I had some thoughts about picking up aa pheasant during my recent (essential obviously) drive but these are exactly the kind of considerations that have put me off. I may revisit the idea once food prices increase 10 times

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1 minute ago, Bear Hug said:

I had some thoughts about picking up aa pheasant during my recent (essential obviously) drive but these are exactly the kind of considerations that have put me off. I may revisit the idea once food prices increase 10 times

As long as it's not mushed you can easily tell the condition

I'd only ever pick up whole birds, glancing blowes, never anything where the carcass had split open.

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Democorruptcy
58 minutes ago, Thombleached said:

Understand this isn't in the spirit of the thread 🤐 but I'm seeing the opposite on country lanes. Roadkill piling up (bit of an exaggeration but at least 5 on my 6 mile run) and bits of flytipping here and there.

Can't say what the nearest town looks like as I've not been in a month.

They are lulled into a false sense of security because they are not being pestered by humans. The more curious are coming to see where the humans have gone, like the Great Orme goats wandering around Llandudno. We already know curiosity killed the cat.

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9 minutes ago, Hopeful said:

As long as it's not mushed you can easily tell the condition

I'd only ever pick up whole birds, glancing blowes, never anything where the carcass had split open.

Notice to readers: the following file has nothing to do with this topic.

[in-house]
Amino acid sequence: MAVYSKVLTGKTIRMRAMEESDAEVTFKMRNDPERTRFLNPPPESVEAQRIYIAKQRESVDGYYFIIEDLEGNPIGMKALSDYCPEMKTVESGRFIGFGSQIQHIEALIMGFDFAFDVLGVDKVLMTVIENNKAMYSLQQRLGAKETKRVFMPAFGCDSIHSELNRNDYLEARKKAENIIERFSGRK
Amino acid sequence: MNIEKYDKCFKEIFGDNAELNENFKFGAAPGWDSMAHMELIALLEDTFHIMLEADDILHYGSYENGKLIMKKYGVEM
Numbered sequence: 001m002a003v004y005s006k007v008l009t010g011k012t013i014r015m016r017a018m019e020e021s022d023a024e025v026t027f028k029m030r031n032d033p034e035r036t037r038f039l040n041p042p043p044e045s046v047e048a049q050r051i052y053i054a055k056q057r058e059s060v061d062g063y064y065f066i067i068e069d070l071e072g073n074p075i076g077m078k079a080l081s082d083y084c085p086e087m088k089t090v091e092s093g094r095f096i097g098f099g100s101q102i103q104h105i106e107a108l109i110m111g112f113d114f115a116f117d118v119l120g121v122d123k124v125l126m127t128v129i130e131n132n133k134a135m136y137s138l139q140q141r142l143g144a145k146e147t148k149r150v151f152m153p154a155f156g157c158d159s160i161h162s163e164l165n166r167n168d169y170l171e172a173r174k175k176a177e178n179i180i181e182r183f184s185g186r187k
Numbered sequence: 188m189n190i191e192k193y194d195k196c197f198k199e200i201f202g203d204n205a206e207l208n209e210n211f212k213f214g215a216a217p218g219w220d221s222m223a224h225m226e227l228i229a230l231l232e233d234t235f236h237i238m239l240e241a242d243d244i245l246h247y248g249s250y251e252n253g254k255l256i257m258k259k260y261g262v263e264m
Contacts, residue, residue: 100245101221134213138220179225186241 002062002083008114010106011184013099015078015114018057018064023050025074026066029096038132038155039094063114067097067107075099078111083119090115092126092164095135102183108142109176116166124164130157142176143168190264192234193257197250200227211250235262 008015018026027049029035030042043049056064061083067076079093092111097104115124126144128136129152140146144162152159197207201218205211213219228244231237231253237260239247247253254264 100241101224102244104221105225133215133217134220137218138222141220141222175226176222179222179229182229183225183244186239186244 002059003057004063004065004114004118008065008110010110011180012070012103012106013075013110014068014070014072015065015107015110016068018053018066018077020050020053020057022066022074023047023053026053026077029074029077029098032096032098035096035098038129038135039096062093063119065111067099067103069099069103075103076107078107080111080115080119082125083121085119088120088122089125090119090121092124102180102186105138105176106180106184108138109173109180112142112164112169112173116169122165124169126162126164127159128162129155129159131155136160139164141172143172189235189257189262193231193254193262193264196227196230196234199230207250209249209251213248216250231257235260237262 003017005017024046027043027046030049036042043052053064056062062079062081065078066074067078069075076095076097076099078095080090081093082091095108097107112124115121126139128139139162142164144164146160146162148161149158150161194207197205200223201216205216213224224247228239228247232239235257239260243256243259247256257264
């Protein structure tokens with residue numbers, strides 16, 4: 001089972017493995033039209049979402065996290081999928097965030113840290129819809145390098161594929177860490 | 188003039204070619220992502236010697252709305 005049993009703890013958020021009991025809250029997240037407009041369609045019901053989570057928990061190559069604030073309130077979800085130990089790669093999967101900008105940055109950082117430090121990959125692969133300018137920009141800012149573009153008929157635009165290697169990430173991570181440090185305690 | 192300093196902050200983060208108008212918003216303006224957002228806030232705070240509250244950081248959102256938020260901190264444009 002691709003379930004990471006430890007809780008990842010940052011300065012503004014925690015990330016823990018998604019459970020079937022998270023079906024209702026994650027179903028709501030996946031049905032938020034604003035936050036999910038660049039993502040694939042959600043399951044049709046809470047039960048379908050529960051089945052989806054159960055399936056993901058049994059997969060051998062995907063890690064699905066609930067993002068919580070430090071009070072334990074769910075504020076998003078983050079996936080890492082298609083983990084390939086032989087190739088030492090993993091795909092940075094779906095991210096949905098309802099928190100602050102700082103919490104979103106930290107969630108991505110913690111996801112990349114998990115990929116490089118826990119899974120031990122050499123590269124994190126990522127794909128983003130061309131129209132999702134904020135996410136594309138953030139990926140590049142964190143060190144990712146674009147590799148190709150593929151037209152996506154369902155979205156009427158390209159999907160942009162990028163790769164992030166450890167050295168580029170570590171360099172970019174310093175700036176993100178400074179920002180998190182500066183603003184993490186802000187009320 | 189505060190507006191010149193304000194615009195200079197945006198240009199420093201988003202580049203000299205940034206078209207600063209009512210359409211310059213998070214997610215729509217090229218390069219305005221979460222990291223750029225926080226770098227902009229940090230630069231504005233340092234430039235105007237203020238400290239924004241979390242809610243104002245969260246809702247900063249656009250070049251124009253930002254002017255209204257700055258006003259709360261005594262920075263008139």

Have you ever eaten Badger* @Hopeful ? 

Was thinking of giving it a go one day. 

I’ve tried most other ‘wild meat’. everything from a squirrel casserole to a baked hedgehog* (A traditional Gypsy favourite). 

(* Not killed but found recently deceased?). 

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2 minutes ago, Vendetta said:

Have you ever eaten Badger* @Hopeful ? 

Was thinking of giving it a go one day. 

I’ve tried most other ‘wild meat’. everything from a squirrel casserole to a baked hedgehog* (A traditional Gypsy favourite). 

(* Not killed but found recently deceased?). 

never eaten badger, squirell or hedgehog (an elderly (70s) lady friend did eat a squirrel last week, to my surprise)

My list, Pheasant, hare, pigeon, rabbit, deer in that order of abundance

Edited by Hopeful
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I was taught by my mother (who was a sister in A&E having previously been a matron) never to touch a dead animal as you could never be sure that it wasn't carrying any diseases.  I remember this lesson clearly. When I was about 10 years old, I picked up a dead bird in the garden.  When I told her, she called me in to the house.  I immediately had my outer clothes removed and put in the washing machine, my hands scrubbed with a nail brush and my face washed, and I was then sent to take a shower.